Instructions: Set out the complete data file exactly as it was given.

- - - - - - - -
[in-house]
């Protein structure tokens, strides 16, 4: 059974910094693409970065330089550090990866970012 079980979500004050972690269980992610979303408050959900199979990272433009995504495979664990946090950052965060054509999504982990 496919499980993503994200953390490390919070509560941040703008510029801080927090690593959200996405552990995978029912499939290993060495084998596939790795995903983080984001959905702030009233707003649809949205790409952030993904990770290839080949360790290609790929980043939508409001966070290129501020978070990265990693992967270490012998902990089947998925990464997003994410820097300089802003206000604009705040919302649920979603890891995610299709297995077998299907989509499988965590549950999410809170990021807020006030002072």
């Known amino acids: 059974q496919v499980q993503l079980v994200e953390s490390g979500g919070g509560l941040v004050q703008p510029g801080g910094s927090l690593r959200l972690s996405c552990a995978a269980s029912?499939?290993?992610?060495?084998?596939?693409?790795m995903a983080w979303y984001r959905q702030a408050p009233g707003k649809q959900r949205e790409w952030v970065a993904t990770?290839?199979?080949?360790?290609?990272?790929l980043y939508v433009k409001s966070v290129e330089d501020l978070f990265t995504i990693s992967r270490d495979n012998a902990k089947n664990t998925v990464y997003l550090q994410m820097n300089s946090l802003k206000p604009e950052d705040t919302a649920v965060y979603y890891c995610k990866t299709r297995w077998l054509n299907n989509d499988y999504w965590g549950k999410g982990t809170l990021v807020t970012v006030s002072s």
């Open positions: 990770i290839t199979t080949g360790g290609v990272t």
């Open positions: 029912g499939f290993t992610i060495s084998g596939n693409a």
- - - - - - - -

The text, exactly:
[in-house]
């Protein structure tokens, strides 16, 4: 059974910094693409970065330089550090990866970012 079980979500004050972690269980992610979303408050959900199979990272433009995504495979664990946090950052965060054509999504982990 496919499980993503994200953390490390919070509560941040703008510029801080927090690593959200996405552990995978029912499939290993060495084998596939790795995903983080984001959905702030009233707003649809949205790409952030993904990770290839080949360790290609790929980043939508409001966070290129501020978070990265990693992967270490012998902990089947998925990464997003994410820097300089802003206000604009705040919302649920979603890891995610299709297995077998299907989509499988965590549950999410809170990021807020006030002072």
């Known amino acids: 059974q496919v499980q993503l079980v994200e953390s490390g979500g919070g509560l941040v004050q703008p510029g801080g910094s927090l690593r959200l972690s996405c552990a995978a269980s029912?499939?290993?992610?060495?084998?596939?693409?790795m995903a983080w979303y984001r959905q702030a408050p009233g707003k649809q959900r949205e790409w952030v970065a993904t990770?290839?199979?080949?360790?290609?990272?790929l980043y939508v433009k409001s966070v290129e330089d501020l978070f990265t995504i990693s992967r270490d495979n012998a902990k089947n664990t998925v990464y997003l550090q994410m820097n300089s946090l802003k206000p604009e950052d705040t919302a649920v965060y979603y890891c995610k990866t299709r297995w077998l054509n299907n989509d499988y999504w965590g549950k999410g982990t809170l990021v807020t970012v006030s002072s």
């Open positions: 990770i290839t199979t080949g360790g290609v990272t």
């Open positions: 029912g499939f290993t992610i060495s084998g596939n693409a």